“Gordon’s approach to the play opens up the door to embrace the fact that Williams is really writing about himself and his family,” says Darragh (pronounced Dara). “It also brings the character of Williams as a young writer into the play, and that adds a whole new dynamic.”
Toil Over a Typewriter
To establish the interplay between theatrical fiction and literary history, Edelstein sets the opening scene in that bare-bones New Orleans hotel room, where the author (be it Tom or Tennessee Williams) is toiling over a typewriter in an attempt to remember and unravel the sadly tinged events of his past. As the drama unfolds, past and present, the soft glow of memory and the stinging pain of personal suffering cross-fade into one another.
The autobiographical inroad also allows Edelstein to inject an element that is rarely, if ever, explored in productions of The Glass Menagerie — the notion that Tom/Williams is homosexual. It’s a challenging duality and subtext that Darragh says he is still trying to reconcile, and he spent the six months between the Connecticut debut and the Broadway run digging into the playwright’s life.
“I looked at all the interviews,” the 33-year-old Darragh says. “I read all the books. I went to St. Louis [where Williams lived as a young boy and the play is set] and I went to New Orleans. I saw how everything in the play was a reflection of his own life.”
Ironically, Darragh concedes, all that research ended up creating an unintended problem.
“In the New York production I think I got a bit bogged down in trying to encapsulate the entire life of Tennessee Williams into my performance. What I realized is that the play is really a coming-of-age drama for Tom. That’s what I’m trying to focus on in this production.”
In the gritty TV cop drama “Southland,” Ben McKenzie plays rookie patrolman Ben Sherman. He’s also the new kid on the block in The Glass Menagerie.
Sitting down between rehearsals on a recent weekday, McKenzie admits that taking on the part of The Gentleman Caller required a steep learning curve.
“It’s been a very compressed two-week rehearsal schedule,” says McKenzie, who will celebrate his 32nd birthday on opening night. “But everyone has been great and made me feel welcome.
“The thing that’s scary is that I haven’t been on stage in front of a live audience since 2002,” he adds, a hint of panic creeping into his voice. “I always intended to do more live theater than I have up to this point.”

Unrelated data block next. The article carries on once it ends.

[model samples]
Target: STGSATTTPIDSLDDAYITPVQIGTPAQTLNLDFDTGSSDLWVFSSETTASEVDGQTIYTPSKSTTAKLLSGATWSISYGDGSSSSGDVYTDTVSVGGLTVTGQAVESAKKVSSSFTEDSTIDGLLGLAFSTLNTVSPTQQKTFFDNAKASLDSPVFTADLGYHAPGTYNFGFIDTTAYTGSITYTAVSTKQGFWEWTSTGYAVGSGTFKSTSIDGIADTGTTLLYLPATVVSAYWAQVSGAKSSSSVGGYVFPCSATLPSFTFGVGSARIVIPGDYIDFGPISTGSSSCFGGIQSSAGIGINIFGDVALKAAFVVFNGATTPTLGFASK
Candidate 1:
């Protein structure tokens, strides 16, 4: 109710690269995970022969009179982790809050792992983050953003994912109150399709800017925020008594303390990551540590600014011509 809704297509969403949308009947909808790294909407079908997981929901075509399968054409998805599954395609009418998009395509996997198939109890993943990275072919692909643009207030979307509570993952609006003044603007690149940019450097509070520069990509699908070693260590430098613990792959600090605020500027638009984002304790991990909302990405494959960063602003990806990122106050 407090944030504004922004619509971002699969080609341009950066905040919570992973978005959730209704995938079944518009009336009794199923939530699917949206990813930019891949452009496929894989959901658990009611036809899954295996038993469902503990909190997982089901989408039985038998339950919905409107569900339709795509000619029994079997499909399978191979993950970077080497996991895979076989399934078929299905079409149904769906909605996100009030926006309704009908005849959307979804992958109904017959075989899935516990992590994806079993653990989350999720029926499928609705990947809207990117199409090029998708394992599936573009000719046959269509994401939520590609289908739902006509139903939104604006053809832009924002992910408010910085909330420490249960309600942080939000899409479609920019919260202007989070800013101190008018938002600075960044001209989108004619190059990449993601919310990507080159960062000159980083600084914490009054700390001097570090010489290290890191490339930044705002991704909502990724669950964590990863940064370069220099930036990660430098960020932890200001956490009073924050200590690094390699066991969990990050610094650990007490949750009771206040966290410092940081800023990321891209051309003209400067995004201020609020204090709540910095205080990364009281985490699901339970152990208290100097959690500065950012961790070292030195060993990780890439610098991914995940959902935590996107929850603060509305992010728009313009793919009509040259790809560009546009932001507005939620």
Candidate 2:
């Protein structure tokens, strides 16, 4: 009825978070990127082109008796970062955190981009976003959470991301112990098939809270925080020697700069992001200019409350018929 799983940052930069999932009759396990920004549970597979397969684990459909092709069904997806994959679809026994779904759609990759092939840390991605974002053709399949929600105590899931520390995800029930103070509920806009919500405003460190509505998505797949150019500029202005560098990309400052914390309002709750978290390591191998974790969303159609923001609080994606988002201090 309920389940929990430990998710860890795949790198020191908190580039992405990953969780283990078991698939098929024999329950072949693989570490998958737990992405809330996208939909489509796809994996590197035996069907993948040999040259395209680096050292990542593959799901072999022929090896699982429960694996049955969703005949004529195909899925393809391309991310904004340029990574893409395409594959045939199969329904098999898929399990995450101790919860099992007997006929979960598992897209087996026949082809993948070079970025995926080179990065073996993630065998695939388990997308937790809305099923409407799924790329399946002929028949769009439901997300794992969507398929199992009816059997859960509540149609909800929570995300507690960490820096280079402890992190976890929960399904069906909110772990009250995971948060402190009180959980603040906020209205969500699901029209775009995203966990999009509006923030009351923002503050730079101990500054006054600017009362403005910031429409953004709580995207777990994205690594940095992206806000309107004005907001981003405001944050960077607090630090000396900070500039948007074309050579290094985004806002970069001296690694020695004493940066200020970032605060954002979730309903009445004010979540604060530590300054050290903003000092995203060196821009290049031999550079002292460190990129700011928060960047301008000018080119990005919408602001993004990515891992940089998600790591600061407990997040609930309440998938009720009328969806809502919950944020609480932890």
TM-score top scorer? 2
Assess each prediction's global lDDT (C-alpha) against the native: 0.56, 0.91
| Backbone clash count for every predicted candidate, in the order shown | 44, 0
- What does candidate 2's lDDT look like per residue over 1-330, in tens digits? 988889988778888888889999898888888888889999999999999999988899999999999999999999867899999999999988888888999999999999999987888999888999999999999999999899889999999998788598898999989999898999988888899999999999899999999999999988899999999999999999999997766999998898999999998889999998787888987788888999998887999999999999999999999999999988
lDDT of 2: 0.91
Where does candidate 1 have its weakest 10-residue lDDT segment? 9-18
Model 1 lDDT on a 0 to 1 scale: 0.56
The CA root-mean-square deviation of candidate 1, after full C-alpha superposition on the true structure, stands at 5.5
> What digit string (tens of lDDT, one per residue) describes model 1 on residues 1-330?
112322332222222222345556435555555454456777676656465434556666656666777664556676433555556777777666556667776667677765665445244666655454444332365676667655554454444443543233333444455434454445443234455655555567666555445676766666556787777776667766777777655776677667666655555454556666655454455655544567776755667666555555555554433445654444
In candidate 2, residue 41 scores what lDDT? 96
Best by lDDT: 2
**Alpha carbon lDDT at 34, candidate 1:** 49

By far the majority of McKenzie’s acting career has been devoted to television. In 2005 he won the Teen Choice Award for “Breakout Star” for his role as another new kid in town, Ryan Atwood on “The O.C.” Then came his recurring role on “Southland.”
McKenzie sees his role as The Gentleman Caller as fairly straightforward — at least compared to Tom. His character is a man who never lived up to his own expectations.
“He was the king in high school, but things haven’t turned out the way he thought they would,” he says. “He’s hit a rough patch and is working in a shoe factory, which is where he meets Tom. His newfound religion is the self-improvement teaching of Dale Carnegie. But deep down he’s filled with doubts. That’s why he keeps repeating these [self-help] aphorisms over and over.”
When asked how the introduction of Tom’s homosexuality affects his character, McKenzie describes it as a double-edged sword.
“There’s enough going on that the audience is going to be able to see it,” he says. “But you have to remember the play is set in 1938 and Jim is totally oblivious to it. All he sees is a poetic young guy with lots of potential who just isn’t focused. He thinks Tom is a dreamer. The one person he really wants to help is Laura. She’s his willing captive audience. But when he kisses her, he knows it’s a mistake and he wishes he could take it back.”
For McKenzie, who was born in Austin, Texas, and attended the University of Virginia, appearing on the Taper stage has special significance. When he was 12 (or 13, he’s not quite sure) he remembers being in the audience for Center Theatre Group’s presentation of his uncle Richard Schenkkan’s epic drama The Kentucky Cycle.”
“I stayed awake through the entire six hours!” he says proudly. “I thought it was amazing. This is going to be amazing too.”
The Glass Menagerie runs through Oct. 17 at the Mark Taper Forum, 135 N. Grand Ave., (213) 628-2772 or centertheatregroup.com.